When companies change the dates of their official earnings releases it has been speculated that it is because they want to delay the release of bad news or bring forward the release date for good news.
In our recent White Paper, RavenPack data scientists sought to test this belief by constructing strategies that bought and sold stocks when companies changed their earnings dates.
The report’s key findings:
Portfolio investment strategies that bought after advances, and sold after delays, produced annual excess returns of 8.4%, for portfolios of mid to large-cap stocks and 18.6% for small-caps.
Adding a news sentiment overlay was effective at highlighting sell candidates, especially in an environment of positive sentiment; here the negative surprise factor from a delay led to an average 50 negative basis point stock decline over 20 days.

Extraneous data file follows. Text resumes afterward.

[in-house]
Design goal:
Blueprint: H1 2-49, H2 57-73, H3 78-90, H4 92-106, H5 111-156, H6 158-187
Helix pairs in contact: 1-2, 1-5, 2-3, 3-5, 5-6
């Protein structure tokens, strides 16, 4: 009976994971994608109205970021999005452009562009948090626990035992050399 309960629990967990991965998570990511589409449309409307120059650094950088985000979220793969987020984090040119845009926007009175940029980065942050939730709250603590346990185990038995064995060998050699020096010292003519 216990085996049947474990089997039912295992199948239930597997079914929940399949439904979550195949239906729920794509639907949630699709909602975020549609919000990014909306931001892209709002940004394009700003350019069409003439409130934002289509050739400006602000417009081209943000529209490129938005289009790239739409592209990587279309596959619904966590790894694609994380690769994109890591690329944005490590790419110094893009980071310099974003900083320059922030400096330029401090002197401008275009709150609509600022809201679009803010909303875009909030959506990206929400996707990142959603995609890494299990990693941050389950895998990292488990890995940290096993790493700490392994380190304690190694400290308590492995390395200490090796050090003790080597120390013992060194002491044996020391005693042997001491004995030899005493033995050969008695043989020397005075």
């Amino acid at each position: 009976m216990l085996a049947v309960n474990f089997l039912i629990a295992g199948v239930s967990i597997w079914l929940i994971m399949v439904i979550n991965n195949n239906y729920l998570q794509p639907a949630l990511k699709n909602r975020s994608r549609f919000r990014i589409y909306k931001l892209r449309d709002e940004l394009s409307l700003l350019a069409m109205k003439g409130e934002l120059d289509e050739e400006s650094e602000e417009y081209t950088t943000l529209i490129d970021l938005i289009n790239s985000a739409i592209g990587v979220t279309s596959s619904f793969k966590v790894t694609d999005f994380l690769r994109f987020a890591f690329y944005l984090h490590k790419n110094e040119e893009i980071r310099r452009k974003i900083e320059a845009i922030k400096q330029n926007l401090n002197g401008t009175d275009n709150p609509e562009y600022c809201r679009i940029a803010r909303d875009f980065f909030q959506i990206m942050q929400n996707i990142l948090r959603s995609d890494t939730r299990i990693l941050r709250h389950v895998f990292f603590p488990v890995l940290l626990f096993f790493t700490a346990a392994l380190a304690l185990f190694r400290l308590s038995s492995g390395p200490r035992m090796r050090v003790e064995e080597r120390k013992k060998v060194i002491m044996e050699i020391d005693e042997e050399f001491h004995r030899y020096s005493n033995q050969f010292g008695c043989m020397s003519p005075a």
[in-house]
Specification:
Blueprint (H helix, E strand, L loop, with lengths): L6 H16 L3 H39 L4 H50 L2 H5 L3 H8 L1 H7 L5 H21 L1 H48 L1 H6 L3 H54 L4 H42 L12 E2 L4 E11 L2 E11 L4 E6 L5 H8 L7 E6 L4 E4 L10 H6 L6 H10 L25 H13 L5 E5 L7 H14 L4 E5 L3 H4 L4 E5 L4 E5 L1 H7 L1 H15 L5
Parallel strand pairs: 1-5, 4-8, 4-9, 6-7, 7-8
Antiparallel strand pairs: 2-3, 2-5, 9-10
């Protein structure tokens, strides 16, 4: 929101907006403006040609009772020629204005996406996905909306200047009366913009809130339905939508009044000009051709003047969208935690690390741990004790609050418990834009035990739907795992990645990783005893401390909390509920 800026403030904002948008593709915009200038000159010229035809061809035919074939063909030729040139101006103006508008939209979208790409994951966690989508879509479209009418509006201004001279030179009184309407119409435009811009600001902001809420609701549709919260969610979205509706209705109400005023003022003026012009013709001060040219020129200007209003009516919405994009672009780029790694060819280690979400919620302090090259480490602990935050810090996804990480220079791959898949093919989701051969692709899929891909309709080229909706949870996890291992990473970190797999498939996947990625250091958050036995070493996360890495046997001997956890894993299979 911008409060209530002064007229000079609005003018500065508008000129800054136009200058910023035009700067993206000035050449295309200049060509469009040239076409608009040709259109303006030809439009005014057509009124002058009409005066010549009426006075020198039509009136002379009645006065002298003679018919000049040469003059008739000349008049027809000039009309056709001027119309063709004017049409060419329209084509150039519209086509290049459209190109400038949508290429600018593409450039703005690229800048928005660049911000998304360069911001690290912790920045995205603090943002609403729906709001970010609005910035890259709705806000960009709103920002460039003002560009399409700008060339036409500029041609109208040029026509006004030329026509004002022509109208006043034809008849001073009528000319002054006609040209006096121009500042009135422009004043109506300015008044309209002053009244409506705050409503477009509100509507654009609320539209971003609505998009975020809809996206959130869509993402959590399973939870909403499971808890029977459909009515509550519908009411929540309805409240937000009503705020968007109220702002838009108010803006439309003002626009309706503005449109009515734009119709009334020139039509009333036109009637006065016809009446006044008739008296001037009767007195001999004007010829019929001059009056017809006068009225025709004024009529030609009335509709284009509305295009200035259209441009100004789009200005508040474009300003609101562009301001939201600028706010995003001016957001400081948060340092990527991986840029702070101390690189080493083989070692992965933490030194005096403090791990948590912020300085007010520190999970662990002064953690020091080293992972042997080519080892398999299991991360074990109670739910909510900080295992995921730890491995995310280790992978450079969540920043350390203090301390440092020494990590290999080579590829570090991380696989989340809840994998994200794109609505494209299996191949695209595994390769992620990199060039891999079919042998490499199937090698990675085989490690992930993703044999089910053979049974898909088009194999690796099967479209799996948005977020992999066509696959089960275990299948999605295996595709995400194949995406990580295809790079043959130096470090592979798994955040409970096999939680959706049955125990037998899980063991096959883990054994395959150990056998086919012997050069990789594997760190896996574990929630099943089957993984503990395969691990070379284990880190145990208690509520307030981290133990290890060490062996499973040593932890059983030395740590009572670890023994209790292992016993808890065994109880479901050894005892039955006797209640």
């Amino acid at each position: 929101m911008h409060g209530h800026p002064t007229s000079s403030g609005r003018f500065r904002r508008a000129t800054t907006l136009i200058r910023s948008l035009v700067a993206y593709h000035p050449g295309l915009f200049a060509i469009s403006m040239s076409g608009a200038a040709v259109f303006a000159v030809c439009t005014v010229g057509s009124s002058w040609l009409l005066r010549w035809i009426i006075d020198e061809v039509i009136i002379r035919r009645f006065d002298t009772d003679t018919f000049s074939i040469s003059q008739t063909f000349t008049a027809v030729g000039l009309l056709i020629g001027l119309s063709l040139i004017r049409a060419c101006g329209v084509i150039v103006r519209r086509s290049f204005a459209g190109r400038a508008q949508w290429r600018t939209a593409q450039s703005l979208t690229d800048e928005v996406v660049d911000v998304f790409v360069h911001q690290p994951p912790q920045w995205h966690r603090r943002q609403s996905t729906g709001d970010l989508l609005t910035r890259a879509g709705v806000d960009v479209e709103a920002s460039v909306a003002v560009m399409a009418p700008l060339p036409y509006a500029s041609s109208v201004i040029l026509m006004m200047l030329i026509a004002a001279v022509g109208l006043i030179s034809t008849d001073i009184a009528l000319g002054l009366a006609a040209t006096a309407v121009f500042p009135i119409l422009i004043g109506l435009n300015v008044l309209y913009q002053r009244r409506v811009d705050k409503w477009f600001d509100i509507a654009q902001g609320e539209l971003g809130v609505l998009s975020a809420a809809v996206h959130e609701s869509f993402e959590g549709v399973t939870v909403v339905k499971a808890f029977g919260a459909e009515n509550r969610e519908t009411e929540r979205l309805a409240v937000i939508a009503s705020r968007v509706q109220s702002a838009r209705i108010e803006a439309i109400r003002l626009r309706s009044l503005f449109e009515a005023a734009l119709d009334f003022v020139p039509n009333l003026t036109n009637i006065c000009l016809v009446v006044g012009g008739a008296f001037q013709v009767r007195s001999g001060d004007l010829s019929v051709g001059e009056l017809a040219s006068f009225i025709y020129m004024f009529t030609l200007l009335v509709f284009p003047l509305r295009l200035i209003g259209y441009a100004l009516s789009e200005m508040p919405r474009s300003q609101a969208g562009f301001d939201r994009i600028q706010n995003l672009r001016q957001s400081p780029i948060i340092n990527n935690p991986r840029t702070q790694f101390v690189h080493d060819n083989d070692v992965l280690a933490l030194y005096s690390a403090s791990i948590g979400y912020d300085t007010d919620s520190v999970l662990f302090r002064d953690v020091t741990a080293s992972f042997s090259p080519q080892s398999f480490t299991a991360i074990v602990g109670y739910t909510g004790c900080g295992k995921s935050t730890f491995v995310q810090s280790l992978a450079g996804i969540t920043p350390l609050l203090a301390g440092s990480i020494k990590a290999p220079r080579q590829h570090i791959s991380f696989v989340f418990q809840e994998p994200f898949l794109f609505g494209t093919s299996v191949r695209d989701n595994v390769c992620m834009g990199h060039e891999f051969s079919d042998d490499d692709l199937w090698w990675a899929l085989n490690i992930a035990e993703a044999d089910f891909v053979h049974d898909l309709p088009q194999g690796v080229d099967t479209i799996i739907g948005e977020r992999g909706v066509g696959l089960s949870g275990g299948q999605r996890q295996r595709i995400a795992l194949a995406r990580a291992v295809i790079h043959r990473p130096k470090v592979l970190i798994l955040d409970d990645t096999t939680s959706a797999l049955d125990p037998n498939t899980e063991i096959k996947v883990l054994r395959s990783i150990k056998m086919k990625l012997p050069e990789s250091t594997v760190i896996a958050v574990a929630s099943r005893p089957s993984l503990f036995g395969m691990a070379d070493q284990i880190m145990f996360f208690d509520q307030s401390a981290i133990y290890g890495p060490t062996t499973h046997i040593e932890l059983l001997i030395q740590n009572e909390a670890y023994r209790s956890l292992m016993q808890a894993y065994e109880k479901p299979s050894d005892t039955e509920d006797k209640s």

Overlaying with sentiment specifically from earnings associated news and altering portfolio weightings to reflect this, led to an even more profitable strategy, that generated annual excess returns of 10.5% for mid and large-cap stocks and 26.7% for small-caps.
Below shows the market drift following earnings announcements for different earnings calendar date change scenarios under differing sentiment conditions.
You can easily implement the results of this white paper using the RavenPack Analytics platform which tracks over three hundred thousand entities using 22,000 different news sources and now includes the RavenPack Earnings Dates dataset, containing changes in the earnings calendar from 2006 for more than 9,000 listed companies.Request White Paper